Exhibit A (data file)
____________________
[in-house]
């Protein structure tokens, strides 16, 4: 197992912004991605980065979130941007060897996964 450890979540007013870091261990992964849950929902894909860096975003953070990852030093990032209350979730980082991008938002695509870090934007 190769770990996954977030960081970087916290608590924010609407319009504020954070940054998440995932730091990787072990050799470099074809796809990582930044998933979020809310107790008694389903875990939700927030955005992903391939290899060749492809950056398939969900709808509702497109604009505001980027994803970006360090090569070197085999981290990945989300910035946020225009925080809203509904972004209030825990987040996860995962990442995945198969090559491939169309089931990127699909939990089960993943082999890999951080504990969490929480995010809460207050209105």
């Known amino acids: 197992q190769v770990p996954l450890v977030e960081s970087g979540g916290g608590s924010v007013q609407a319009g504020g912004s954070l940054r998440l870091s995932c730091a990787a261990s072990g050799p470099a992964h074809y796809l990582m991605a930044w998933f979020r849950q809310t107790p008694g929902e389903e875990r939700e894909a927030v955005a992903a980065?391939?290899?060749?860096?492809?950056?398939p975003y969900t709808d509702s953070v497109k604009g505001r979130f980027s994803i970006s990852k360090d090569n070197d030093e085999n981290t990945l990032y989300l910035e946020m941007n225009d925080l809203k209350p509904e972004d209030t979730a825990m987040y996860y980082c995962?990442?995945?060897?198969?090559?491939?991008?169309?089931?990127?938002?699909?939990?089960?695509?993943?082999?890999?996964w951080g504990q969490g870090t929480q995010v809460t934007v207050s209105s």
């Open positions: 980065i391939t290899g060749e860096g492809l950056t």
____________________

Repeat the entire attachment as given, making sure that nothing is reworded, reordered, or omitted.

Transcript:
[in-house]
């Protein structure tokens, strides 16, 4: 197992912004991605980065979130941007060897996964 450890979540007013870091261990992964849950929902894909860096975003953070990852030093990032209350979730980082991008938002695509870090934007 190769770990996954977030960081970087916290608590924010609407319009504020954070940054998440995932730091990787072990050799470099074809796809990582930044998933979020809310107790008694389903875990939700927030955005992903391939290899060749492809950056398939969900709808509702497109604009505001980027994803970006360090090569070197085999981290990945989300910035946020225009925080809203509904972004209030825990987040996860995962990442995945198969090559491939169309089931990127699909939990089960993943082999890999951080504990969490929480995010809460207050209105």
């Known amino acids: 197992q190769v770990p996954l450890v977030e960081s970087g979540g916290g608590s924010v007013q609407a319009g504020g912004s954070l940054r998440l870091s995932c730091a990787a261990s072990g050799p470099a992964h074809y796809l990582m991605a930044w998933f979020r849950q809310t107790p008694g929902e389903e875990r939700e894909a927030v955005a992903a980065?391939?290899?060749?860096?492809?950056?398939p975003y969900t709808d509702s953070v497109k604009g505001r979130f980027s994803i970006s990852k360090d090569n070197d030093e085999n981290t990945l990032y989300l910035e946020m941007n225009d925080l809203k209350p509904e972004d209030t979730a825990m987040y996860y980082c995962?990442?995945?060897?198969?090559?491939?991008?169309?089931?990127?938002?699909?939990?089960?695509?993943?082999?890999?996964w951080g504990q969490g870090t929480q995010v809460t934007v207050s209105s």
């Open positions: 980065i391939t290899g060749e860096g492809l950056t």